Need Care? Be a Pain in the Neck

Over the past couple of weeks, I’ve been pretty fearful of losing my autism diagnosis now that the DID/PTSD was changed to BPD. I’ve had a number of arguments with various people over whether certain aspects of me, like my inability to live on y own or with little support, are due to autism or due to BPD. The answer matters in some way, because, as I said a couple of weeks ago, if it’s BPD, it means it can be treated with cognitive therapy.

Now I have always been very adamant that my inability to live on my own is due to autistic organizing and processing difficulties. To the person believing the inability is due to BPD, this comes across as defensiveness: I’m just scared to take responsibility for my own life and I use autism as an excuse.

Unfortunately with this comes the idea that this fear will go away if I just get enough kicks in the butt. I know that flooding is used in anxiety treatment, but is it truly the most appropriate way of treating the fear of taking responsibility for your own life, assuming this is indeed what is going on?

I’ve often wondered and worried how people are going to tell that they are wrong in assuming that all my inabilities (except for those that are obviously due to blindness) are just insecurities. I mean, the only time I succesfully signaled that I needed more support, in 2007, I did so in a very much borderline way, ie. by threatening suicide in a public place. It is easy to say that this is my BPD acting up and I need to be ignored.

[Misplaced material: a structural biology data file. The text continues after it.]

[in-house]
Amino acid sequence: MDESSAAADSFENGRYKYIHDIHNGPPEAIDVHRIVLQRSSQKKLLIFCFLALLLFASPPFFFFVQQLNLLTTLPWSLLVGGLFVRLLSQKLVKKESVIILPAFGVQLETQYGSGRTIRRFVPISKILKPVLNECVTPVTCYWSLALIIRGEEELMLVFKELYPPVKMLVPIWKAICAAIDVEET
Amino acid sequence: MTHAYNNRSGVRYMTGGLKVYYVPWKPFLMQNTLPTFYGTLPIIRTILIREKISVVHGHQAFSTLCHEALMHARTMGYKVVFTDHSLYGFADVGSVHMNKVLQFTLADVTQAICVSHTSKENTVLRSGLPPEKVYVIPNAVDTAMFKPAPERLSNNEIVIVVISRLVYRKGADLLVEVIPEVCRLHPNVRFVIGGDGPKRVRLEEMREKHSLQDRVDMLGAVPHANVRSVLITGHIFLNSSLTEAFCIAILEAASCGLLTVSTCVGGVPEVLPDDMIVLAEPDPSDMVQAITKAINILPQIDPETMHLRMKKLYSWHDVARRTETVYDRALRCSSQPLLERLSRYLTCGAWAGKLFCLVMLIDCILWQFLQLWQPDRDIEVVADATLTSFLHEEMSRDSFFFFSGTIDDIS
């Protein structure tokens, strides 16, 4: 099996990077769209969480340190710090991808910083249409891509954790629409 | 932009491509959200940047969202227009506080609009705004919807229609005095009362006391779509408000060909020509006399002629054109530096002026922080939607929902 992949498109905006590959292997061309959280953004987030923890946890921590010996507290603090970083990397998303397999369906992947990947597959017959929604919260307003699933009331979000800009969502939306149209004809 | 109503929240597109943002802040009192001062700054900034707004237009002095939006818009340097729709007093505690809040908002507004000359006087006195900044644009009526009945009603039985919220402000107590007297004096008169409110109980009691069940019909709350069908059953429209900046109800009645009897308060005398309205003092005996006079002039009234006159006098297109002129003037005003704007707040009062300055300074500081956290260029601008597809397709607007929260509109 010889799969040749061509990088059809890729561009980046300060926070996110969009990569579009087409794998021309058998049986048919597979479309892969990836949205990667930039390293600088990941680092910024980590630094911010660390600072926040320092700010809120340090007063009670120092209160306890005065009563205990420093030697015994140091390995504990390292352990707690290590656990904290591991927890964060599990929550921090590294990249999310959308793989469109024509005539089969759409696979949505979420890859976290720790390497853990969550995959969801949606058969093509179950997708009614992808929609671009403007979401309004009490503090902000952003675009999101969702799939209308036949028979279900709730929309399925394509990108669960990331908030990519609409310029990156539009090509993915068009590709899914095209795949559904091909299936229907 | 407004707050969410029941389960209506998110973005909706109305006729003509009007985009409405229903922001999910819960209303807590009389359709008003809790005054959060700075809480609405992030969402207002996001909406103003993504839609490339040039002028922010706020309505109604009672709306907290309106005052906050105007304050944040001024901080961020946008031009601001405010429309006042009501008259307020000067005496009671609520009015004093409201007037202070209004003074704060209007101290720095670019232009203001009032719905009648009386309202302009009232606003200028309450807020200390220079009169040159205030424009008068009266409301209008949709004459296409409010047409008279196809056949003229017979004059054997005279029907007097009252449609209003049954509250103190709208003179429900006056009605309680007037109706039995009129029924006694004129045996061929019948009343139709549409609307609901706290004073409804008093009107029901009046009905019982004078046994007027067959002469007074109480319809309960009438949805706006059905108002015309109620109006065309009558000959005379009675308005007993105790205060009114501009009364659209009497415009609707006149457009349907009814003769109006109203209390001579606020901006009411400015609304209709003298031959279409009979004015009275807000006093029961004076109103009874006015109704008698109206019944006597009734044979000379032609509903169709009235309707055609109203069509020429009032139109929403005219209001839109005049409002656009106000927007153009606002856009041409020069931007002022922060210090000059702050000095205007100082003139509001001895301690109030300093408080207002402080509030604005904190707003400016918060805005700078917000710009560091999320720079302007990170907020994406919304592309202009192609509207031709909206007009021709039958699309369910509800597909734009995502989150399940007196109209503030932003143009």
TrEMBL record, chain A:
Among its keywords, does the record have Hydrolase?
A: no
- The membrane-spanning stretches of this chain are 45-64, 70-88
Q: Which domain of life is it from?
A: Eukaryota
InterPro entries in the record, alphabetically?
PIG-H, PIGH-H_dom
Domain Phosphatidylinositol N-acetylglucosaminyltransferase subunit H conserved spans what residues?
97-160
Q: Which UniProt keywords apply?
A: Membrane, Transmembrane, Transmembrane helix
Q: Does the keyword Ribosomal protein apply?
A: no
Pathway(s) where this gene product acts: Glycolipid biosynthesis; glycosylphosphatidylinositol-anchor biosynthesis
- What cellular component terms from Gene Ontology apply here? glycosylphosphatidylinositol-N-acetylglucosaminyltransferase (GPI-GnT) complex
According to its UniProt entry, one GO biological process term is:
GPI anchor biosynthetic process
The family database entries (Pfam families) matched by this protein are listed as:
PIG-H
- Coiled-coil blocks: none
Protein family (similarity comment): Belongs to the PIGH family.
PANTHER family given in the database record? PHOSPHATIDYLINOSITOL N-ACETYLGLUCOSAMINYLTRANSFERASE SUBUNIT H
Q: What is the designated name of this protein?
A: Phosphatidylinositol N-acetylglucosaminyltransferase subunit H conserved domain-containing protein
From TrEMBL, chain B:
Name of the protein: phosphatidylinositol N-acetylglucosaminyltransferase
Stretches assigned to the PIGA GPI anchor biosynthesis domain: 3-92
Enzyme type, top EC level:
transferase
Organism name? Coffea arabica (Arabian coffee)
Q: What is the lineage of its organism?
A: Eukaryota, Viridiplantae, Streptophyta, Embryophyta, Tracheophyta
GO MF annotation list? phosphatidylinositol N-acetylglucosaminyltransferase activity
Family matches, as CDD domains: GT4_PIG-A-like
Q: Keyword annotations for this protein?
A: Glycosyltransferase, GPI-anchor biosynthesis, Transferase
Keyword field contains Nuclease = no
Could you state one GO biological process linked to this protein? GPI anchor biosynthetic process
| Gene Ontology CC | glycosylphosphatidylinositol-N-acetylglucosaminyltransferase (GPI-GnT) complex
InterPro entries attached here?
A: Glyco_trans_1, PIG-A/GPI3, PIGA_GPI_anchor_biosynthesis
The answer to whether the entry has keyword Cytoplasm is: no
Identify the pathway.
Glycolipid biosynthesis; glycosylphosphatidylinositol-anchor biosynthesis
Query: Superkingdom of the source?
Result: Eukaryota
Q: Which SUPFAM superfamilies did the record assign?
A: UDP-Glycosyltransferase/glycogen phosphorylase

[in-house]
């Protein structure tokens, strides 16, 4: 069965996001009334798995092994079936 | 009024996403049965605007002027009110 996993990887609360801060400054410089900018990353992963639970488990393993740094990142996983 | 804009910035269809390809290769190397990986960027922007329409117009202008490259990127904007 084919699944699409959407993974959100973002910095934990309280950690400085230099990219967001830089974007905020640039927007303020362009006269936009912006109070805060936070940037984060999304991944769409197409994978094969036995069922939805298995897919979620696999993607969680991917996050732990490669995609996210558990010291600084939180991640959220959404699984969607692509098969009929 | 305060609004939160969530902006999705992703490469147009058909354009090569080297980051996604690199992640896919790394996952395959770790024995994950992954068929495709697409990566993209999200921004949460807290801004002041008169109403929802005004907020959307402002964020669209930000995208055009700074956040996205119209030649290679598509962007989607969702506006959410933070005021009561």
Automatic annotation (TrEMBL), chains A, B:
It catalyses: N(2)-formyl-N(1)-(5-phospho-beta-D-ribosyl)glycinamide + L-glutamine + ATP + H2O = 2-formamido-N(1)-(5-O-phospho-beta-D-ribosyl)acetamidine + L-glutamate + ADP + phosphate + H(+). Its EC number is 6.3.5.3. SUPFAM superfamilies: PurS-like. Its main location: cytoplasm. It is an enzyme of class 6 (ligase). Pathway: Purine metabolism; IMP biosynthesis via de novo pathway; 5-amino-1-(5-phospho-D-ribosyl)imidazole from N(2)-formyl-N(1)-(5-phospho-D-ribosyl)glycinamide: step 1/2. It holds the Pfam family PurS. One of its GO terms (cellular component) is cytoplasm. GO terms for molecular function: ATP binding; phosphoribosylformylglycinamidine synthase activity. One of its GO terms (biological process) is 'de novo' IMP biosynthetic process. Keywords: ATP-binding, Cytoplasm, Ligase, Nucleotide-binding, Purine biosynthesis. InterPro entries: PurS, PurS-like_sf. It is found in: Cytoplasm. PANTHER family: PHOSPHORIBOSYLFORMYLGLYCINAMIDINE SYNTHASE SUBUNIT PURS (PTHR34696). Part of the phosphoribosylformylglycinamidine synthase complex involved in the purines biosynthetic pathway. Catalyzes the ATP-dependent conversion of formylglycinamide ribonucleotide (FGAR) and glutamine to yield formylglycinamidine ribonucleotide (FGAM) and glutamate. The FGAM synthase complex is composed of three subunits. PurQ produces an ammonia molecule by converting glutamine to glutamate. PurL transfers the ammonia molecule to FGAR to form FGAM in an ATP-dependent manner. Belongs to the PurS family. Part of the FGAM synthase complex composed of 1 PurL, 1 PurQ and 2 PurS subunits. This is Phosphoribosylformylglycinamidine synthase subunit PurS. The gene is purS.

Of course, the currently mentally healthy person would say, why don’t you just ask for more help in an appropriate way? Now I will tell you something about the way the care system works here: depression, anxiety or other emotinal problems are no grounds for care. Only behavioral problems are. In other words, if you need help, you’ve got to be a pain in the ass. Now please untangle this reality for me: if you’re still well-behaved enough to signal you need help without destructive actions, you’re obviously healthy enough not to need this help. Now if that isn’t reinforcing behavior problems, I don’t know what is.


2 thoughts on “Need Care? Be a Pain in the Neck

  1. And even if it is BPD acting up, WHY SHOULD IT BE IGNORED?Man. You're really stuck behind a rock and a hard place. I feel your pain. Any professional worth their degree shouldn't be able to "take" your autism diagnosis away because it HAS to have been present in your childhood too, even if it wasn't disabling back then. Otherwise you couldn't have gotten the diagnosis.But the fear. Yes. I know it. And I think you are all those things. All those things that you think are part of you. Whether they're grounds for care or not.Keep on kicking up a shit storm. Be strong when you need to be. Be vulnerable when you feel safe. I hope you can find a place of safety to get your strength from. But whatever happens, I believe in you being you.


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